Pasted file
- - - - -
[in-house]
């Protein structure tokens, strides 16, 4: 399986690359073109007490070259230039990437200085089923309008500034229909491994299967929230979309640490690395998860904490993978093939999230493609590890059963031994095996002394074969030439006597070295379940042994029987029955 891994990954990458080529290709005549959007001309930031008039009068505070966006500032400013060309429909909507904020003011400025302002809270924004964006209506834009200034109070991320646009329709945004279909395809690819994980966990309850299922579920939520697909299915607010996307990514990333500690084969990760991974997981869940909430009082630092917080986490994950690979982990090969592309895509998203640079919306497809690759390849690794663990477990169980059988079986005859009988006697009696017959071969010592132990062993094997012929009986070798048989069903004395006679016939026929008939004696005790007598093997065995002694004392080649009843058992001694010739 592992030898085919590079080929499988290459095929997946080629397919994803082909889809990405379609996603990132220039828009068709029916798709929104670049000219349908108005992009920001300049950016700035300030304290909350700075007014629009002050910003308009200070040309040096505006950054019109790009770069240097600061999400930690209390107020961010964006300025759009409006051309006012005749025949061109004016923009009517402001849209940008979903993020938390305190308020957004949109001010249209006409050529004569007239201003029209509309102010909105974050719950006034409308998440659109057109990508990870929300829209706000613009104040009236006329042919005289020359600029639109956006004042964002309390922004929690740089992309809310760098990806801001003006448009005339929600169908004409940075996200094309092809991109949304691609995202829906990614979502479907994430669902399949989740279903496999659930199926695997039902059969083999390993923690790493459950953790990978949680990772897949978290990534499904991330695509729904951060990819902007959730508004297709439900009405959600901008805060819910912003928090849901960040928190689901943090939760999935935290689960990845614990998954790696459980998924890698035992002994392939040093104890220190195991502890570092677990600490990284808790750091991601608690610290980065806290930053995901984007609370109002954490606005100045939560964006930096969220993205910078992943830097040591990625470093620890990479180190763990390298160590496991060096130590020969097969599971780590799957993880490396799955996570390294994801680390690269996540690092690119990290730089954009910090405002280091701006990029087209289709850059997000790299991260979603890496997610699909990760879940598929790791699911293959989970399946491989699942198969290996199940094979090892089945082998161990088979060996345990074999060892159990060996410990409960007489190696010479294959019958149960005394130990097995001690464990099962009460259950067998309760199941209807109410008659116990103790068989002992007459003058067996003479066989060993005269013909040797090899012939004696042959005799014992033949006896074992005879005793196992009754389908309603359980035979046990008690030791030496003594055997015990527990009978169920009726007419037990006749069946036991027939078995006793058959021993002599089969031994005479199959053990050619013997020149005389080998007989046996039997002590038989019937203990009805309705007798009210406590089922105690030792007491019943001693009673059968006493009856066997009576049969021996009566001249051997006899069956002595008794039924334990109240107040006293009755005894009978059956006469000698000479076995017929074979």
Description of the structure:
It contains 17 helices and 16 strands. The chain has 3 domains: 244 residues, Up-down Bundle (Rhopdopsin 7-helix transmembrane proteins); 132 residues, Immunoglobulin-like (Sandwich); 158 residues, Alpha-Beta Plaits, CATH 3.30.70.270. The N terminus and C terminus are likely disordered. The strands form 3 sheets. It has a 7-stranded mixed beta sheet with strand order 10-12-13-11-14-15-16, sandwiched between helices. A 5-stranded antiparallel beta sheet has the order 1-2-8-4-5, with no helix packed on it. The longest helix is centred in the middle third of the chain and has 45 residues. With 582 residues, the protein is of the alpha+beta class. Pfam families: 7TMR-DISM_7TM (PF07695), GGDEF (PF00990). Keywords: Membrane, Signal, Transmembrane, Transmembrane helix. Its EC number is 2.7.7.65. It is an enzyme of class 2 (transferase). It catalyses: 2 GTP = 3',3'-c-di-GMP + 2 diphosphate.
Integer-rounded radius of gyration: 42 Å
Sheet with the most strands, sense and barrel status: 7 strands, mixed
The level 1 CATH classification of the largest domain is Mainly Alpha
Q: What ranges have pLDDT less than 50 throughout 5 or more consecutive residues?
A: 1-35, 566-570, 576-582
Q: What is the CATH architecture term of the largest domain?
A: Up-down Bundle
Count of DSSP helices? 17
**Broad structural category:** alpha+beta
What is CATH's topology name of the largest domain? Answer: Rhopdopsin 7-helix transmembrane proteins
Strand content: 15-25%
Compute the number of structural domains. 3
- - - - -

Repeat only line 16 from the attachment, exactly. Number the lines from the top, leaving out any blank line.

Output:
Compute the number of structural domains. 3